In this Thursday, March 13, 2019 photo, Florence “Flo” Filion Meiler, an 84-year-old record-setting pole vaulter, poses while training at the University of Vermont indoor track in Burlington, Vt. Meiler is headed to the world championships in Poland. She is competing in track and field events including the long jump, 60-meter hurdles, 800-meter run and pentathlon. But she’s a shoo-in for the pole vault. (AP Photo/Lisa Rathke)BURLINGTON, Vt. — An 84-year-old pole vaulter isn’t putting her pole down anytime soon.Flo Filion Meiler left Thursday for the World Masters Athletics Championship Indoor in Poland, where she’ll compete in events including the long jump, 60-meter hurdles, 800-meter run, pentathlon and pole vault, for which she’s the shoo-in.ADVERTISEMENT MOST READ Colombia protesters vow new strike after talks hit snag Trending Articles PLAY LIST 00:50Trending Articles02:46Senators rally support for Robredo; laud her for accepting anti-drug post00:50Trending Articles02:42PH underwater hockey team aims to make waves in SEA Games01:44Philippines marks anniversary of massacre with calls for justice01:19Fire erupts in Barangay Tatalon in Quezon City01:07Trump talks impeachment while meeting NCAA athletes02:49World-class track facilities installed at NCC for SEA Games02:11Trump awards medals to Jon Voight, Alison Krauss The petite, energetic woman from Shelburne, Vermont, said she feels more like 70 than nearly 85.“But you know, I do train five days a week. And when I found out I was going to compete at the worlds, I’ve been training six days a week because I knew I would really get my body in shape,” she said last week, after track and field training at the University of Vermont.FEATURED STORIESSPORTSPrivate companies step in to help SEA Games hostingSPORTSPalace wants Cayetano’s PHISGOC Foundation probed over corruption chargesSPORTSSingapore latest to raise issue on SEA Games food, logisticsBut she literally won’t have any competition in the pole vault in the championships, which runs March 24-31 in Torun, Poland. She is the only one registered in her age group, 80-84, for the sport, for which she set a world record at age 80. In the men’s pole vault, nine men are listed as competing in that age group.Meiler said the events she likes best are the hurdles and the pole vault — one of the more daring track and field events, in which competitors run while carrying a fiberglass or composite pole, brace it against the ground to launch themselves over a high bar, and land on a mat. “That was the beginning of my track career,” she said, standing in a room of her home, surrounded by hundreds of hanging medals. She took up pole vaulting at 65.Athletics has helped her through some hard times, she said. She and her husband adopted three children after losing two premature biological babies and a 3-year-old. Two years ago, their son died at age 51.And she desperately misses her training partner, a woman who started having health problems about five years ago and can no longer train. It’s tough to train alone, she said, and she hopes to find a new partner.“She’s incredibly serious about what she does,” said Meiler’s coach, Emmaline Berg. “She comes in early to make sure she’s warmed up enough. She goes home and stretches a lot. So she pretty much structures her entire life around being a fantastic athlete, which is remarkable at any age, let alone hers.”And it has paid off, said Berg, an assistant track coach at Vermont.Berg herself first started following Meiler 10 years ago while she was a student at Dartmouth College, watching her at the annual Dartmouth Relays.“She was like a local celebrity,” she said.Setting a record at age 80 with a 6-foot (1.8-meter) pole vault at the USA Track and Field Adirondack Championships in Albany, New York, while her husband watched, Meiler said, was one of her happiest days.“I was screaming, I was so happy,” she said.The overall world record for women’s pole vaulting is 16.6 feet (5.6 meters), according to the International Association of Athletics Federations. “You really have to work at that,” she said. “You have to have the upper core and you have to have timing, and I just love it because it’s challenging.”Meiler is used to hard work. She grew up on a dairy farm, where she helped her father with the chores, feeding the cattle and raking hay. In school, she did well at basketball, took tap and ballroom dancing, and, living near Lake Champlain, she water skied.Meiler, who worked for 30 years as a sales representative for Herbalife nutritional supplements, and her husband, Eugene, who was a military pilot and then became a financial analyst, together competed in water skiing.“Many times when I did water ski competition I was the only gal in my age group,” she said.She’s a relative newcomer to pole vaulting and track and field, overall. At age 60, she was competing in doubles tennis with her husband in a qualifying year at the Vermont Senior Games when a friend encouraged her to try the long jump because competitors were needed.ADVERTISEMENT LATEST STORIES Google Philippines names new country director Bloomberg: US would benefit from more, not fewer, immigrants Don’t miss out on the latest news and information. SEA Games hosting troubles anger Duterte Private companies step in to help SEA Games hosting Meiler turns 85 in June, when she’ll head to the National Senior Games in New Mexico.That will put her in a new age group, in which she hopes to set even more records.Meiler’s athletic achievements are remarkable and something to be celebrated, said Dr. Michael LaMantia, director of the University of Vermont Center on Aging.Pole vaulting clearly isn’t for everyone of her age, but in general, activity should be, LaMantia said.“She can serve as a role model for other seniors,” he said.Sports Related Videospowered by AdSparcRead Next Wintry storm delivers US travel woes before Thanksgiving James Harden scores 61 again, Rockets beat Spurs Miguel Romero Polo: Bamboo technology like no other Trump tells impeachment jokes at annual turkey pardon event View comments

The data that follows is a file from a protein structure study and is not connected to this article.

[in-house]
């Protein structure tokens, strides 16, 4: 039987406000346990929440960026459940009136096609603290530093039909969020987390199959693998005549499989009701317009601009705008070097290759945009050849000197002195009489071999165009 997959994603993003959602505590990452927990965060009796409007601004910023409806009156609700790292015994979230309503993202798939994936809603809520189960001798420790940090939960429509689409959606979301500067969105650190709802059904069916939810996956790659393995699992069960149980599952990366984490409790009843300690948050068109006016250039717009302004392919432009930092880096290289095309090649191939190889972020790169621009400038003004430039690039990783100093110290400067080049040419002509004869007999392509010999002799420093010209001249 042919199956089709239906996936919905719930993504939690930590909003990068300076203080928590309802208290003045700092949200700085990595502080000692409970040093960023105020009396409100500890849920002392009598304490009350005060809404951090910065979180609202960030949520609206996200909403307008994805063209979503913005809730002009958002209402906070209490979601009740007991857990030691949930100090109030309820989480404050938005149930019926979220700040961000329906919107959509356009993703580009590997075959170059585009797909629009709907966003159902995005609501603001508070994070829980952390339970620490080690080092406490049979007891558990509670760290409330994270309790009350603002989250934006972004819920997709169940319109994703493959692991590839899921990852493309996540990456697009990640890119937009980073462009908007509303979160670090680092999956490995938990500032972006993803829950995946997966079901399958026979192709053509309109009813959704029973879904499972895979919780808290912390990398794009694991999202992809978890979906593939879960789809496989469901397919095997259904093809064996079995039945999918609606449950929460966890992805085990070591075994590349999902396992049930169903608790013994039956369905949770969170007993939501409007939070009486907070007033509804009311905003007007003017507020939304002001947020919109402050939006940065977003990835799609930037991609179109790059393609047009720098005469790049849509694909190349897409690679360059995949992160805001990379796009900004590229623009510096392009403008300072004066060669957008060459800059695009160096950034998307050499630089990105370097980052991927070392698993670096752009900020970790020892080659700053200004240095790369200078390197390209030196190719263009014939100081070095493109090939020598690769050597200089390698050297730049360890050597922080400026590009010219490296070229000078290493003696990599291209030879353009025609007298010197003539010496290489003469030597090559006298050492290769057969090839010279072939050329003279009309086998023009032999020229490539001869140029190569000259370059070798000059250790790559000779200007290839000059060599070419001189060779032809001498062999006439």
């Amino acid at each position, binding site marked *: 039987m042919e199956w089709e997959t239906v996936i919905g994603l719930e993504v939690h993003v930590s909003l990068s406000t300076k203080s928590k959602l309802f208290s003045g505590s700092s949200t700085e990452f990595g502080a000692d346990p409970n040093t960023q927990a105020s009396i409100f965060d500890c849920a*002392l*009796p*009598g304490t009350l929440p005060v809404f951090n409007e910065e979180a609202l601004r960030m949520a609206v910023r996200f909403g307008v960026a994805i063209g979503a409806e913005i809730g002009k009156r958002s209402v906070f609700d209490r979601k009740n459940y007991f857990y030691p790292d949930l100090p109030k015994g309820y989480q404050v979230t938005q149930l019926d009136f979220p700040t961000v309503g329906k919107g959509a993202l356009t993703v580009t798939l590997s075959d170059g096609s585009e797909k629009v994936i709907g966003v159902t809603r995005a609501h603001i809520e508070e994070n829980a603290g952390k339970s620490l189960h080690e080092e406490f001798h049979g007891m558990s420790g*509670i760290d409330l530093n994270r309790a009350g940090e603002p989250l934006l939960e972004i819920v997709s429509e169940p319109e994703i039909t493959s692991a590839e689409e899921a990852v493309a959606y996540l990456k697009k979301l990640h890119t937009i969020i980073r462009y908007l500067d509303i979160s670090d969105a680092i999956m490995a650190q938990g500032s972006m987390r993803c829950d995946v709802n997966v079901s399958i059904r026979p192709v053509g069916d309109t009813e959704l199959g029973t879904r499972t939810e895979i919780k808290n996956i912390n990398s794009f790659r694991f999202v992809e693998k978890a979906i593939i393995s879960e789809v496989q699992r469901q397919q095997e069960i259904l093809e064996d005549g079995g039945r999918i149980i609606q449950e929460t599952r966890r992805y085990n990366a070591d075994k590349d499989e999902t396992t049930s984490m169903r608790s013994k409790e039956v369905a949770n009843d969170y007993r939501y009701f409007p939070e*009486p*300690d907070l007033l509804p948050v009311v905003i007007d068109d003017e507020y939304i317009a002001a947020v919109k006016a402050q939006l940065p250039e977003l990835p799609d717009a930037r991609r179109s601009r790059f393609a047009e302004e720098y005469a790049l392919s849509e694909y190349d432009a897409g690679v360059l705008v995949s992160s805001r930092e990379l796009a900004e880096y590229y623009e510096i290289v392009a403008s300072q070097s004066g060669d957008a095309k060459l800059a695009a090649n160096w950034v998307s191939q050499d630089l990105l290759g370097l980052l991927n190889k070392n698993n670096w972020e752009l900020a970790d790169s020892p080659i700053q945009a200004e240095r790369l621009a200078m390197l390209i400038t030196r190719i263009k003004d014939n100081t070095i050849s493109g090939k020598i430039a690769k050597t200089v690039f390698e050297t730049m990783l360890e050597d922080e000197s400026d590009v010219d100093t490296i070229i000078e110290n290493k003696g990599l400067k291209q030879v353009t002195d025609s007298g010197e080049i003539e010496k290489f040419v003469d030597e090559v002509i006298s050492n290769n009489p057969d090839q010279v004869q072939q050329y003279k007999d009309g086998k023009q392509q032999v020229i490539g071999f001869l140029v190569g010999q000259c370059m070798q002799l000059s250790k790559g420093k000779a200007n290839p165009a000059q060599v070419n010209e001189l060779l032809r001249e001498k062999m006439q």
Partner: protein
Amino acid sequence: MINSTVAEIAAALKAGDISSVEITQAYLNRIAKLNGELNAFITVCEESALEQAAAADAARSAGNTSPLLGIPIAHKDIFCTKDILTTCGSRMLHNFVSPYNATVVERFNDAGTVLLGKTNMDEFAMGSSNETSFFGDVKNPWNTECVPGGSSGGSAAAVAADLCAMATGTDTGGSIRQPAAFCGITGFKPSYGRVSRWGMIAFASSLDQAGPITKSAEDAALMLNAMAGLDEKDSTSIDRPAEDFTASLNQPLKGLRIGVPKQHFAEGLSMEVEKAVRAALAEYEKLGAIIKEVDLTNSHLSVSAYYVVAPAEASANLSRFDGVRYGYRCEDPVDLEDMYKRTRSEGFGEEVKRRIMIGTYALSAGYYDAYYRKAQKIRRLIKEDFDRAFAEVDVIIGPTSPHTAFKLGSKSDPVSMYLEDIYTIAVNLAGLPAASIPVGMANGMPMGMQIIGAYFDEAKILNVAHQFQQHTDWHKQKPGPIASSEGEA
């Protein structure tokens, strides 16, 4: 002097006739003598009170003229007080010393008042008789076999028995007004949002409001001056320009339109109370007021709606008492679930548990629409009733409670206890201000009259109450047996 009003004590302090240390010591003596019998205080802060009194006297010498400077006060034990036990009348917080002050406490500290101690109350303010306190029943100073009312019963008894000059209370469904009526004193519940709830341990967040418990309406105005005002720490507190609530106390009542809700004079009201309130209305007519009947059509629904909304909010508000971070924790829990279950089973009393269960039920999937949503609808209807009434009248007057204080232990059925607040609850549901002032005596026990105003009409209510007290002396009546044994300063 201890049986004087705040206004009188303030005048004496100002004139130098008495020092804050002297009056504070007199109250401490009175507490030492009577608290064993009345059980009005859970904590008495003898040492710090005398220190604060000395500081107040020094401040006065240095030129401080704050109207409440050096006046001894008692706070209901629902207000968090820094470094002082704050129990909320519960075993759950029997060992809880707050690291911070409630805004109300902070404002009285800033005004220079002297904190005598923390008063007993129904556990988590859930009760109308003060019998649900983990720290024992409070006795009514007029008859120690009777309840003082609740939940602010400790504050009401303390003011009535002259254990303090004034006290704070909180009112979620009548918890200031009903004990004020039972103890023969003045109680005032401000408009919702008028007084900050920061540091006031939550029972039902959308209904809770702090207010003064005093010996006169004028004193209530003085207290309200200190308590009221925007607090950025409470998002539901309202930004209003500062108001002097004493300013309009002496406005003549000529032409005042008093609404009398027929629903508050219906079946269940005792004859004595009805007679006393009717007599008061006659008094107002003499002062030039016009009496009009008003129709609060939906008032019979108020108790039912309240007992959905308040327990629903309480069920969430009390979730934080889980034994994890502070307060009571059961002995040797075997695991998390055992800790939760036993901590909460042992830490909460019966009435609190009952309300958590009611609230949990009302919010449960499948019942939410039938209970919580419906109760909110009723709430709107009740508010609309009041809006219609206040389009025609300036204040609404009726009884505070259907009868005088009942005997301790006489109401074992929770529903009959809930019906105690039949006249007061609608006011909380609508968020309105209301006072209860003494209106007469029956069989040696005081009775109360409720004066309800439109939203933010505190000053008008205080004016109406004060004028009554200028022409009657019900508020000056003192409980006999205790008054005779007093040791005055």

In the history of NBA free agency, there have been worse moves — particularly when you consider the crazy money that teams have shelled out to big men over the years. And through a certain prism (one that used to be the norm not so long ago), it even seems perfectly reasonable. But the Oklahoma City Thunder’s decision to match Portland’s maximum-level ($70 million) offer sheet to center Enes Kanter received mostly scorn from the Internet after it was announced late Sunday. At a glance, Kanter is the kind of young post player whose services teams line up around the block to pay for. The list of big men who snagged at least 15 points and 8 rebounds a game as 22-year-olds, as Kanter did last year, is littered with Hall of Famers, to say nothing of players whose numbers Kanter matched (18.7 PPG, 11.0 RPG) after a midseason trade to the Thunder. Decades ago, Kanter would have been seen as one of the league’s rising stars.Today, though, players are judged on their advanced metrics in addition to per-game averages and the eye test. And few players benefit less from this development than Kanter.Granted, it doesn’t take supercharged data to suspect Kanter of playing poor defense. He has a reputation for ineptitude at that end of the floor, and his block totals are routinely anemic. But defense is also a complex area of the game that statistics have traditionally been ill-equipped to measure accurately. And without reliable data, defensive deficiencies were easy to deny or downplay as more opinion than fact.Modern advanced stats, though, help quantify the defensive inadequacies of players such as Kanter with far greater precision than was previously possible. Without Real Plus-Minus (RPM), for instance, you wouldn’t know that Kanter had the worst on-court defensive influence of any center last season. And without SportVU player tracking data, you wouldn’t know Kanter allowed the highest field goal percentage at the rim of any qualified1Minimum 500 minutes played. big man a year ago. The recent advent of deeper NBA data has made it tougher for poor defenders to hide their shortcomings.Surprisingly (at least to me), Kanter’s offense also suffers on the sabermetric front: He doesn’t appear to help his teams score as efficiently as would be expected from his basic statistics. Only a few players have scored as much, and with as much efficiency,2As respectively measured by usage rate and true shooting percentage. as Kanter has over the past three seasons, but it doesn’t seem to matter. During Kanter’s career, his teams have scored 1.5 fewer points per 100 possessions with him on the floor than without, and — perhaps not coincidentally — he had the second-worst offensive Box Plus/Minus (BPM) of any player in the aforementioned group, and the fifth-worst offensive RPM.The single most important component of a player’s on-court offensive influence3As measured by offensive RPM. is scoring efficiency, and that’s not a trouble spot for Kanter. But even more important (when taken collectively) are a player’s assist rate and his ability to get to the line and to take 3-point shots, and Kanter sets the team back in both areas.That may not seem important because Kanter is still personally scoring points, but basketball is a tricky sport that way. The fascinating thing that happens when you search for links between component categories and overall offensive performance is that unexpected relationships fall out of the data. A player’s passing can amplify (or diminish) the potency of the threat his scoring talent represents; his ability to stretch the floor or collapse defenses into the paint can open up opportunities for teammates. Kanter’s own numbers might not be affected, but his weaknesses show up in his team’s rates of shooting efficiency, turnovers and, ultimately, offensive success.The idea of players being hollow stat-stuffers is hardly new, but the ability to quantify it with enough certainty to resist the lure of the potential “20 and 10” guy4Kanter averaged 19.6 points and 11.3 rebounds per 36 minutes last season. at the negotiating table is a novel development. Too novel, in fact, since OKC did eventually cave and match Portland’s offer to Kanter, putting the Thunder above the luxury-tax line they’d traded James Harden to avoid less than three years earlier. But if the rapid acceptance of advanced metrics is any indication, Kanter might be one of the last of his kind.In other words, don’t be surprised if the days of a player cashing in on hollow numbers are, well, numbered.